Acute Kidney Injury in Patients Using Polyethylene Glycol as Bowel Cleansing Agent for Colonoscopy
Keywords:Acute kidney injury; Non-steroidal anti-inflammatory drugs; Polyethylene glycol
Introduction: The use of polyethylene glycol-based solutions is the gold standard for bowel preparation for colonoscopy. However, polyethylene glycol use might be associated with the risk of acute kidney injury. We aim to find out acute kidney injury and risk factors associated with the development of acute kidney injury in patients using polyethylene glycol for colonoscopy.
Materials and Methods: This was an observational study conducted in the Department of Nephrology and Gastroenterology, Bir hospital. Patients who underwent colonoscopy using polyethylene glycol were included in the study and assessed for acute kidney injury; its incidence, association of risk factors with acute kidney injury, and outcome (complete recovery or no recovery) of acute kidney injury by 3 months.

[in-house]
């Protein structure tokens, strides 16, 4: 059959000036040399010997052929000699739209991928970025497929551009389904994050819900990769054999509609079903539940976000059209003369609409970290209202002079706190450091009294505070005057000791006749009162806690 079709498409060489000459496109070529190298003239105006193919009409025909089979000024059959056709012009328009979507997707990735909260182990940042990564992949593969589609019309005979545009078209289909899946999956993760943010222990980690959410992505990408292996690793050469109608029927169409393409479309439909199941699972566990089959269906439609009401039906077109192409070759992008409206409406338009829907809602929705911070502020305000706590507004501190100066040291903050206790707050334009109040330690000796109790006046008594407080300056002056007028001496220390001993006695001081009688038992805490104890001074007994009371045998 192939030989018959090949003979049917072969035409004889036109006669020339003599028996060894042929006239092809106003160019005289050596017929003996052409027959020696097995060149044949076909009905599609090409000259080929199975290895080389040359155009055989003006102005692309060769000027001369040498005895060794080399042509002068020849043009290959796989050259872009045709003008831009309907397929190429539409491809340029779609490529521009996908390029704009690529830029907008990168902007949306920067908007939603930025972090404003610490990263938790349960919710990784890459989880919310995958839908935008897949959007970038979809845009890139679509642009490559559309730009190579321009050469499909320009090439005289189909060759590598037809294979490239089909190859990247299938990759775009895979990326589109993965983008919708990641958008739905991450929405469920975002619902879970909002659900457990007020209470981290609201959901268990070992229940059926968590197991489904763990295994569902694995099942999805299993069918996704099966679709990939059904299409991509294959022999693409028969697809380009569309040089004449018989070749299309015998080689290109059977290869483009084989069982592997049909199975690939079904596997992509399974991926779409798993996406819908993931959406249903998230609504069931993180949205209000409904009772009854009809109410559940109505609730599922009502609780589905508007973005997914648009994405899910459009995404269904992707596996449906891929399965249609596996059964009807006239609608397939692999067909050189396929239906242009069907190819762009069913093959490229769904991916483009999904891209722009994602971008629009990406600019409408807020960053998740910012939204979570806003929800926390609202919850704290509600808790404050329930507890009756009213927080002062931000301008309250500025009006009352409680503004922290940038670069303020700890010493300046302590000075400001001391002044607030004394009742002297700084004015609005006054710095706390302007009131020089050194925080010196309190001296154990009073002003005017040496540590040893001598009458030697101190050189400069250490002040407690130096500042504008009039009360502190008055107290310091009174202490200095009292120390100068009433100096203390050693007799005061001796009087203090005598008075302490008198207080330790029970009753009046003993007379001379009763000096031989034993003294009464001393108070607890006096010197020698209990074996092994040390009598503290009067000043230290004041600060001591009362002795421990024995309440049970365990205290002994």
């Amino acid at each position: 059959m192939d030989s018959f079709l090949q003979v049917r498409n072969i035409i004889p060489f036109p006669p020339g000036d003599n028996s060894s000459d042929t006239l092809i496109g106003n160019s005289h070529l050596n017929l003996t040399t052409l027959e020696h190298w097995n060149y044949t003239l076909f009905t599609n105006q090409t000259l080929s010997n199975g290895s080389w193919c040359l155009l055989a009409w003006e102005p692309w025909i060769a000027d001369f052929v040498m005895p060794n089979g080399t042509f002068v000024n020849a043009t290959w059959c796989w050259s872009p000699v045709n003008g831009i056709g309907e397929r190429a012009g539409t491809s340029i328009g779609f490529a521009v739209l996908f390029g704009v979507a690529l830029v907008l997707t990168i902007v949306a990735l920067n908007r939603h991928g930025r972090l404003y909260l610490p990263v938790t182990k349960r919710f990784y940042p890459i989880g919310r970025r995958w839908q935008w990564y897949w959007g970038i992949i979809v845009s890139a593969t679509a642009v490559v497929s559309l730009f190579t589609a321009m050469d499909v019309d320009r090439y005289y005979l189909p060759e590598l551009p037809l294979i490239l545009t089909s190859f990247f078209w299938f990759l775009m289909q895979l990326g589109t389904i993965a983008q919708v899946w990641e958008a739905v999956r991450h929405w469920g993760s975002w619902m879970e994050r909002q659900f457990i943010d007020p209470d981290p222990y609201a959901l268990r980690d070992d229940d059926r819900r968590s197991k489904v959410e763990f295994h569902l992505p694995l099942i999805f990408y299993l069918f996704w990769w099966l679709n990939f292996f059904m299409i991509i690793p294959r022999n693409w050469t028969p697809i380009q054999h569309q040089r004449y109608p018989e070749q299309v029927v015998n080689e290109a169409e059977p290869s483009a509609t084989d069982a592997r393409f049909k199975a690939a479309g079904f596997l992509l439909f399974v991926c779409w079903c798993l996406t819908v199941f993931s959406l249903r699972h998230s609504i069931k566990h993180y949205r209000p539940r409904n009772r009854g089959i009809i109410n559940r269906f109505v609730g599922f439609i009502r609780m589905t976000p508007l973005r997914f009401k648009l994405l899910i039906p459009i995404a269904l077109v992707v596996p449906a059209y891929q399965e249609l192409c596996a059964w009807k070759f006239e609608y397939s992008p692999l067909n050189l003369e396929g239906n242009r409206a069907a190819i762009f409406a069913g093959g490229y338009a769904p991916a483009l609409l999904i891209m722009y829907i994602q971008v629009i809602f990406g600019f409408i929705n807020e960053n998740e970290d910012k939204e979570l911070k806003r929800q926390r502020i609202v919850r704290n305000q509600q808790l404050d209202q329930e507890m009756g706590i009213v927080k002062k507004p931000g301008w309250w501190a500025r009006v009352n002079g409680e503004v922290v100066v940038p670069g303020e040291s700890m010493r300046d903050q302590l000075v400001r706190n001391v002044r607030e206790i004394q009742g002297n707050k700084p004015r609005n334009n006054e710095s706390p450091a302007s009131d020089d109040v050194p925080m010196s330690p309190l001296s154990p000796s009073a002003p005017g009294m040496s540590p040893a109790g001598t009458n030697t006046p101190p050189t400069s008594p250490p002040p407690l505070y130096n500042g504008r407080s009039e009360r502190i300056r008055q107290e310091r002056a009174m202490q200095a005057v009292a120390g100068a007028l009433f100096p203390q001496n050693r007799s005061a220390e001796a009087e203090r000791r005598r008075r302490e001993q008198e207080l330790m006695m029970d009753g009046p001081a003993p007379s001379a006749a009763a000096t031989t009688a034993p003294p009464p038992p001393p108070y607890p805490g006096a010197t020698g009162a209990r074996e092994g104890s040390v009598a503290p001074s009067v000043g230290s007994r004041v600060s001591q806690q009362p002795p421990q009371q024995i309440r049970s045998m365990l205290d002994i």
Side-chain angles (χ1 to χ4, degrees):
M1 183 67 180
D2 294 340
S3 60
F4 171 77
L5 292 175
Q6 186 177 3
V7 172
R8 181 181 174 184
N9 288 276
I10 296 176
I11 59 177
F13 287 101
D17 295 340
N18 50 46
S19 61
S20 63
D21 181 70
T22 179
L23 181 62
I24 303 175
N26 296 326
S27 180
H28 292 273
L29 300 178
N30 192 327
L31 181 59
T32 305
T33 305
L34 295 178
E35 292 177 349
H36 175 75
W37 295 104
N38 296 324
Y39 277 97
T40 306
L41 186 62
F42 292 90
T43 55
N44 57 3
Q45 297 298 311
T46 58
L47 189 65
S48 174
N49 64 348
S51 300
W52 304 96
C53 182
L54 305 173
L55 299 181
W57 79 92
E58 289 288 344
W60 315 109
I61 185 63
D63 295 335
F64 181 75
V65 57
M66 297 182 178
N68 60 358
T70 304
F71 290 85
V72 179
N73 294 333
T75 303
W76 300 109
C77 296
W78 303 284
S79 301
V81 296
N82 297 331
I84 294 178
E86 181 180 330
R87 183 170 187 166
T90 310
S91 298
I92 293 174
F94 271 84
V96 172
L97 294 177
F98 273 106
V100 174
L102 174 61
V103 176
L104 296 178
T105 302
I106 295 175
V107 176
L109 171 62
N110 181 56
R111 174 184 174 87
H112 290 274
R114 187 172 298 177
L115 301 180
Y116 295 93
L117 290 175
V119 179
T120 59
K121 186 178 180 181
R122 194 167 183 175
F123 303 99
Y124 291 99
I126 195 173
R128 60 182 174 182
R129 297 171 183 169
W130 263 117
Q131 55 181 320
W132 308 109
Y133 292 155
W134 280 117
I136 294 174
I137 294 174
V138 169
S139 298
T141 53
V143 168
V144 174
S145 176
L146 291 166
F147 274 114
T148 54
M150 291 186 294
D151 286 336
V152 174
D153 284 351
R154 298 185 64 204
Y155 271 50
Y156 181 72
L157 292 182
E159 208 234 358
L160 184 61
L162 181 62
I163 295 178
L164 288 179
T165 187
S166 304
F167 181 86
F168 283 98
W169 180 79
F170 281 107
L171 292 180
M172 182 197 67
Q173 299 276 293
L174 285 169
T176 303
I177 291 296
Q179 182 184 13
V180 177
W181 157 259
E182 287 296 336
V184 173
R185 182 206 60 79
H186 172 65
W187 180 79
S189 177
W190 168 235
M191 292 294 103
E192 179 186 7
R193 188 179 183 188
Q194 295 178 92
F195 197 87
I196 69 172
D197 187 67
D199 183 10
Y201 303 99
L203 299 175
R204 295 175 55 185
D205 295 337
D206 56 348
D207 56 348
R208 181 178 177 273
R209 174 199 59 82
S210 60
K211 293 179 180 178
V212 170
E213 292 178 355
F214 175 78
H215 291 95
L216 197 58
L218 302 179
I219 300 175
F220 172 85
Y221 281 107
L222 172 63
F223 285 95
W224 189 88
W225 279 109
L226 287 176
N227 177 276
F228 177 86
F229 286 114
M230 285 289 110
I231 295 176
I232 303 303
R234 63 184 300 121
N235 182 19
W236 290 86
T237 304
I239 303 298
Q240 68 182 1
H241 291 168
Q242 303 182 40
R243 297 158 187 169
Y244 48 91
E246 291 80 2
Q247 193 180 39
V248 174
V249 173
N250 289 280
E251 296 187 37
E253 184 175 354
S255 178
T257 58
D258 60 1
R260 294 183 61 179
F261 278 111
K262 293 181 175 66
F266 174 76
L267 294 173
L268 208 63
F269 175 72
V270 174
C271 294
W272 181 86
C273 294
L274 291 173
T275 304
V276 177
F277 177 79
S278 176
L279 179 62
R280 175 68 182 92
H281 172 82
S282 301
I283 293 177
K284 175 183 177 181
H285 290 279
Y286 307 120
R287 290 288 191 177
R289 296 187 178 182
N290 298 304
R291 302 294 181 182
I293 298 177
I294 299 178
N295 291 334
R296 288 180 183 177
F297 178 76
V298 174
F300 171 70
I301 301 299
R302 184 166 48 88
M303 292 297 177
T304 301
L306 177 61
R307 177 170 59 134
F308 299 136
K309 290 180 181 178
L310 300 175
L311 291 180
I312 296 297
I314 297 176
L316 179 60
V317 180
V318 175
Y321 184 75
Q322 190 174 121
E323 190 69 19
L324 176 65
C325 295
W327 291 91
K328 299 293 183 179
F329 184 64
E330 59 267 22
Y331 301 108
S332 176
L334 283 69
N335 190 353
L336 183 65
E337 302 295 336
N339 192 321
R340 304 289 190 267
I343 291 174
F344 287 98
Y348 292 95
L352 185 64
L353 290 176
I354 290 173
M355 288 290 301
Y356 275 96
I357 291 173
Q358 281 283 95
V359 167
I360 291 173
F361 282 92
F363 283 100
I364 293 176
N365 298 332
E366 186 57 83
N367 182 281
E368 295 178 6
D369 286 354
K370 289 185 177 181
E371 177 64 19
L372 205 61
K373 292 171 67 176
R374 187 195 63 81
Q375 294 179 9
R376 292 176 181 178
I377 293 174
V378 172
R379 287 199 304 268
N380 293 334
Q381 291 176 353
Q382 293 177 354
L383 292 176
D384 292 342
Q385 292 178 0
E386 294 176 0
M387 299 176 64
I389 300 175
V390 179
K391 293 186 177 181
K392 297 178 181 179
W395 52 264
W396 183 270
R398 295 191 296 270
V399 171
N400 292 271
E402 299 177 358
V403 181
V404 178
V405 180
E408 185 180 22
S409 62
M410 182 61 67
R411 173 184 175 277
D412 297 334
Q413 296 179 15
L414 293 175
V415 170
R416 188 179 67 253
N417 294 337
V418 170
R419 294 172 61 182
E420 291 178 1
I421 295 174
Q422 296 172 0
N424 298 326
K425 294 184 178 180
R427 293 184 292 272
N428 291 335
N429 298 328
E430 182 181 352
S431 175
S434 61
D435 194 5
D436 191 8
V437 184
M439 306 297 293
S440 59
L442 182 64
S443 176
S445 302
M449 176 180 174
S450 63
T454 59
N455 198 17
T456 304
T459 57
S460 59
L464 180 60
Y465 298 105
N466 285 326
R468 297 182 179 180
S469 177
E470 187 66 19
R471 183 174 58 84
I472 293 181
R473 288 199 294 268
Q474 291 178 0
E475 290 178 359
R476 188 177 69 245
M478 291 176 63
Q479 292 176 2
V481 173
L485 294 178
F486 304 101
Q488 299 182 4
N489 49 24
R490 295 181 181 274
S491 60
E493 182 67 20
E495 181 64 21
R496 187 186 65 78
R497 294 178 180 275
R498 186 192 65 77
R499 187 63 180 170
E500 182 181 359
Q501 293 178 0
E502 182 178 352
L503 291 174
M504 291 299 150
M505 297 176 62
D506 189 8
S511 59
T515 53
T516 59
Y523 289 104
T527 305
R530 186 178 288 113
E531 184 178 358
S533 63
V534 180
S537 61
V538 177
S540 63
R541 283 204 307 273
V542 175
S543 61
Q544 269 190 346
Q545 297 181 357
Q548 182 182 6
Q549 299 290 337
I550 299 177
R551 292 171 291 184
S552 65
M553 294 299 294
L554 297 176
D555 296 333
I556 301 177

Results: The mean age of the patients was 45.81 ± 18.60 years with the majority of the patients being male (60%). Out of 48 study participants, 4(8%) develop acute kidney injury. Multivariate regression analysis depicted that chronic kidney disease, chronic liver disease, congestive cardiac failure, and use of non-steroidal anti-inflammatory drugs, angiotensin receptor blockers, and diuretics drugs were the predictors which significantly influenced the occurrence of acute kidney injury in patients using polyethylene glycol.
Conclusions: The evidence strongly suggests that in patients without preexisting renal disease, comorbidities, or use of drugs; the risk of renal impairment is low after colonoscopy using polyethylene glycol as a bowel cleansing agent. In the presence of risk factors for renal dysfunction, polyethylene glycol should be used cautiously.
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Copyright (c) 2022 Gaurav Chhetri, Anil Baral, Rajani Hada, Arun Sedhain, Bikash Khatri, Kashyap Dahal, Albina Piya, Anurag Prasad Singh, Bhupendra Kumar Basnet
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